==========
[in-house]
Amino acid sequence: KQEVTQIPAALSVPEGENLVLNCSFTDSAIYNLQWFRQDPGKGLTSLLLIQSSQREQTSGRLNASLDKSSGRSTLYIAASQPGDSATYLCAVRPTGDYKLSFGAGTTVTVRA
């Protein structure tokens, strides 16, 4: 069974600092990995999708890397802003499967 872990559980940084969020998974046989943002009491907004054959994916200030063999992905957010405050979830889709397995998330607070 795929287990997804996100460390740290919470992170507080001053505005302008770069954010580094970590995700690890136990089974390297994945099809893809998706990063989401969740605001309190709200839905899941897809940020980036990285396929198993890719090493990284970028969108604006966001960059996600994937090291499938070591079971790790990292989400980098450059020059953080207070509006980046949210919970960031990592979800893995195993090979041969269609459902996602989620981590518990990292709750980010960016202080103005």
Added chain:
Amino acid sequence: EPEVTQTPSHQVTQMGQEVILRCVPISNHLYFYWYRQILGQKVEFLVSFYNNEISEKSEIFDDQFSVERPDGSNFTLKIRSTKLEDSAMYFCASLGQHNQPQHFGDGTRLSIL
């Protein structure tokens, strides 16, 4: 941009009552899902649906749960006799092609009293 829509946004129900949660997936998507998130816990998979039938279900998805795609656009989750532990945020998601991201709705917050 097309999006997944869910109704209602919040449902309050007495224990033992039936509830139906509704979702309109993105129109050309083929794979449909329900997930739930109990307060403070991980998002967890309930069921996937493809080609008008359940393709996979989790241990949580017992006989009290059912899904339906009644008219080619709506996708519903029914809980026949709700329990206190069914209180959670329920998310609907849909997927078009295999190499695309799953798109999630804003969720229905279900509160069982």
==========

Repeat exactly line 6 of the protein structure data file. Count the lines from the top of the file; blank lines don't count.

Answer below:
């Protein structure tokens, strides 16, 4: 941009009552899902649906749960006799092609009293 829509946004129900949660997936998507998130816990998979039938279900998805795609656009989750532990945020998601991201709705917050 097309999006997944869910109704209602919040449902309050007495224990033992039936509830139906509704979702309109993105129109050309083929794979449909329900997930739930109990307060403070991980998002967890309930069921996937493809080609008008359940393709996979989790241990949580017992006989009290059912899904339906009644008219080619709506996708519903029914809980026949709700329990206190069914209180959670329920998310609907849909997927078009295999190499695309799953798109999630804003969720229905279900509160069982």